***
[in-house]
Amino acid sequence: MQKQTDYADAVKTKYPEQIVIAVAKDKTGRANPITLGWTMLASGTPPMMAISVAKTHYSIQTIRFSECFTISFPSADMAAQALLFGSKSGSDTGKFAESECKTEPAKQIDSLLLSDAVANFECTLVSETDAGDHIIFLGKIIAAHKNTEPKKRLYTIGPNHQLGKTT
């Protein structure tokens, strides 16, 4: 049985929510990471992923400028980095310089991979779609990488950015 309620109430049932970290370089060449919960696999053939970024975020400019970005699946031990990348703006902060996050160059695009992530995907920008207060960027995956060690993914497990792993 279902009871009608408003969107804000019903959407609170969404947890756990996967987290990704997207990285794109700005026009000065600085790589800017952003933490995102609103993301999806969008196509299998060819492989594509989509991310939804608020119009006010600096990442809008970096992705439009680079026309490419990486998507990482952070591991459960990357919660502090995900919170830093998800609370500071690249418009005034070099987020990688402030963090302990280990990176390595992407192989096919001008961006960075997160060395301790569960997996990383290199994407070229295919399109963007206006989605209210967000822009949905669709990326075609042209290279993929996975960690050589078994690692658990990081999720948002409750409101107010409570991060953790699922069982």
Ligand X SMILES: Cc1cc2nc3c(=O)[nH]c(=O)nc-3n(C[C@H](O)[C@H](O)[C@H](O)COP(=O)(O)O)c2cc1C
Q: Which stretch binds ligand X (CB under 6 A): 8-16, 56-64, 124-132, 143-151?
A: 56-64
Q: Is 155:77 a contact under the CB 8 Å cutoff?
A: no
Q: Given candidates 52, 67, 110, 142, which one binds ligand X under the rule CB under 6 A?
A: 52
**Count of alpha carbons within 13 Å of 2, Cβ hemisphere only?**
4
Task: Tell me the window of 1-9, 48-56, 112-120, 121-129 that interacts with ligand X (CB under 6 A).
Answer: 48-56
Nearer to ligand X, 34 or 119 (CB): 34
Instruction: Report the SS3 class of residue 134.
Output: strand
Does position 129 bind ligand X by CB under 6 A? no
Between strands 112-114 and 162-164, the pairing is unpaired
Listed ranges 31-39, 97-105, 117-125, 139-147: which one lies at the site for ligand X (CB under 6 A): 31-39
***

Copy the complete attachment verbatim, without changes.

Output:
[in-house]
Amino acid sequence: MQKQTDYADAVKTKYPEQIVIAVAKDKTGRANPITLGWTMLASGTPPMMAISVAKTHYSIQTIRFSECFTISFPSADMAAQALLFGSKSGSDTGKFAESECKTEPAKQIDSLLLSDAVANFECTLVSETDAGDHIIFLGKIIAAHKNTEPKKRLYTIGPNHQLGKTT
């Protein structure tokens, strides 16, 4: 049985929510990471992923400028980095310089991979779609990488950015 309620109430049932970290370089060449919960696999053939970024975020400019970005699946031990990348703006902060996050160059695009992530995907920008207060960027995956060690993914497990792993 279902009871009608408003969107804000019903959407609170969404947890756990996967987290990704997207990285794109700005026009000065600085790589800017952003933490995102609103993301999806969008196509299998060819492989594509989509991310939804608020119009006010600096990442809008970096992705439009680079026309490419990486998507990482952070591991459960990357919660502090995900919170830093998800609370500071690249418009005034070099987020990688402030963090302990280990990176390595992407192989096919001008961006960075997160060395301790569960997996990383290199994407070229295919399109963007206006989605209210967000822009949905669709990326075609042209290279993929996975960690050589078994690692658990990081999720948002409750409101107010409570991060953790699922069982």
Ligand X SMILES: Cc1cc2nc3c(=O)[nH]c(=O)nc-3n(C[C@H](O)[C@H](O)[C@H](O)COP(=O)(O)O)c2cc1C
Q: Which stretch binds ligand X (CB under 6 A): 8-16, 56-64, 124-132, 143-151?
A: 56-64
Q: Is 155:77 a contact under the CB 8 Å cutoff?
A: no
Q: Given candidates 52, 67, 110, 142, which one binds ligand X under the rule CB under 6 A?
A: 52
**Count of alpha carbons within 13 Å of 2, Cβ hemisphere only?**
4
Task: Tell me the window of 1-9, 48-56, 112-120, 121-129 that interacts with ligand X (CB under 6 A).
Answer: 48-56
Nearer to ligand X, 34 or 119 (CB): 34
Instruction: Report the SS3 class of residue 134.
Output: strand
Does position 129 bind ligand X by CB under 6 A? no
Between strands 112-114 and 162-164, the pairing is unpaired
Listed ranges 31-39, 97-105, 117-125, 139-147: which one lies at the site for ligand X (CB under 6 A): 31-39